POLICE Magazine Supplements

Special Report 2019

Magazine for police and law enforcement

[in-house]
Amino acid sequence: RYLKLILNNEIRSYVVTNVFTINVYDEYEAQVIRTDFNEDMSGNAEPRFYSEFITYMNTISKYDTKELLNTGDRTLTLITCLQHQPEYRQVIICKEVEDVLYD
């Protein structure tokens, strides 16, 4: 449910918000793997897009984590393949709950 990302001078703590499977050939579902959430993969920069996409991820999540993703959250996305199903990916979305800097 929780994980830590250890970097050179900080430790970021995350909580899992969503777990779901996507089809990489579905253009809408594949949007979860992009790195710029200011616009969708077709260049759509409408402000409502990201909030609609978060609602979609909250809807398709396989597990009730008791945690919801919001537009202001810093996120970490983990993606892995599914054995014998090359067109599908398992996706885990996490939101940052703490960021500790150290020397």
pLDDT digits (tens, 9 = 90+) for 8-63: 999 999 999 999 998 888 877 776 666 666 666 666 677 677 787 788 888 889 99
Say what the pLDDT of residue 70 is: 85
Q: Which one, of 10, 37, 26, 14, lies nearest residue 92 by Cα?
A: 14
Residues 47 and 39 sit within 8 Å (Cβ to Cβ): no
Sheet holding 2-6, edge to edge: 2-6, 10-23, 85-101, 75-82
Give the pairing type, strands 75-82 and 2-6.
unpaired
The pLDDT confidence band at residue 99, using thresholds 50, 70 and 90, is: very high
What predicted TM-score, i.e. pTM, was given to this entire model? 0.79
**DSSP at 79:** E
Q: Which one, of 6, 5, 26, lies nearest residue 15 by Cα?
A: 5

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The School Shooting O n April 2, 2012, a gunman entered the grounds of Oi- kos University—a small college in Oakland attended by mostly Korean-American members of the community. A 43-year-old former student at the school—identified as One Goh—entered a classroom armed with a .45-caliber hand- gun, ordered students there to line up against a wall, and opened fire. Seven people were killed. ree others were wounded. Very soon aer the incident happened the local news media descended on the scene, setting up that small city of satellite vehicles. Watson and her team mobilized and set up a media staging area where she could give updates as information became avail- able. One of the early decisions that had to be made was where to conduct those media briefings—a balance between provid- ing access and ensuring safety was the primary consideration. "It was close to where the incident was happening but it wasn't so close where we were endangering anyone," Watson says. "It was close enough for them to get good footage but not dangerous for anyone." Watson suggests that in an incident like the one she experi- enced in April 2012, it's a good idea to set a predictable sched- ule for conducting media briefings. She says that even in the event that there are really no new updates, the PIO and the rest of the team should stick to the schedule. is makes life easier on your media partners—and she stresses that the media are indeed your partners when a critical incident occurs—and ul- timately also easier on the media relations team. Another early decision Watson faced was how to use social media to communicate with the press and the public. At the time of the Oikos incident, Oakland PD did not engage the community on Facebook or Twitter—their single social me- dia channel was Nixle, a platform designed specifically for law en- forcement communications directly to the citizens they protect. "Nixle was our first social media platform," Watson says. "We had just started to use it. I mean, we probably hadn't used it more than a handful of times. When the event initiated, we immediately started using our social media platform." Foreign Press B ecause Oikos is attended by students from other coun- tries—primarily Korea, but other nations as well—the team had to take into account the fact that there would almost certainly be non-English-speaking news media arriving as the days followed the event. Watson described a lesson learned at the end of that first day involving those international media members. She was leaving the campus when she made an unexpected discovery. "One of the traffic officers stopped me and says, 'ank God you're here.' I said, 'For what?' He said, 'Because the media's been waiting for you.' I said, "No, no, no, no. You don't under- stand. We've been dealing with media all day long. ey have all their information, we've done multiple briefings." She walked with the officer around a group of parked fire trucks behind which were a group of satellite trucks—a second small city of media vans, cameras, lights, and scurrying report- ers, none of whom had apparently received word about the lo- cation of the briefing area. "I'd never seen trucks that size. I realized they were not from our local media outlets. And they were not people coming down from Sacramento or up from LA. e first person I met was a reporter from Brazil and there was also a French reporter. ey did not realize or have the information to go on the other side of the perimeter where we all were," Watson says. She walked to the podium and proceeded to deliver an iden- tical briefing to the one she had just concluded moments before. "It must have been maybe 50 or 60 reporters there, so that was a major lesson for me on how to ensure that everybody is all at the same location so that that doesn't happen." Now, at every large-scale scene with a wide perimeter, she sends a patrol officer out to make a circle around the area— including nearby side streets—to look for media who are un- aware of where the briefings are being held. "We designate a person to drive the perimeter and act as a scout. Not just once, but every half-hour just ride around the pe- rimeter and also check some of the other pocket areas because we know sometimes media can't get into the perimeter," she says. New to the Job W atson says that she may have benefited from being new to her job as the OPD spokesperson when Oikos happened. "I was a brand new PIO—I don't even think I'd been on a year—so everything was still fresh in my mind about laws and what media can and can't do," she says. is became useful when she had to move the briefing area farther from the scene. She was able to cite specific codes that required the media to obey the decision to move the briefing area farther back from the scene. "If one media outlet didn't move, everybody else would be staying and we're talking about probably 30 or 40 people at the time," Watson says. Watson says that following the Oikos incident, the OPD media relations team received kudos from myriad members of the press. "When we manage incidents, media will be extremely crit- ical of what you did right, what you did wrong, and how you can improve. at's the one incident that so far in my career the media has said, 'You guys did everything right,' which is unheard of in our PIO world." Controversial OIS O ne of the reasons for the positive response from the press and the public to OPD's operations during the Oikos shooting may have been because the responding officers did an excellent job of securing the scene. e scene was quickly secured, the gunman arrested and taken into custody. e first responders were pretty universally viewed as the heroes that they are. On other occasions the media and public have been more hostile. Watson recounted how she worked with the media following 6 | SP E C I A L R E P O RT | C R I T ICA L I NC I D E N T R E S P O N S E Working with the Media After a Critical Incident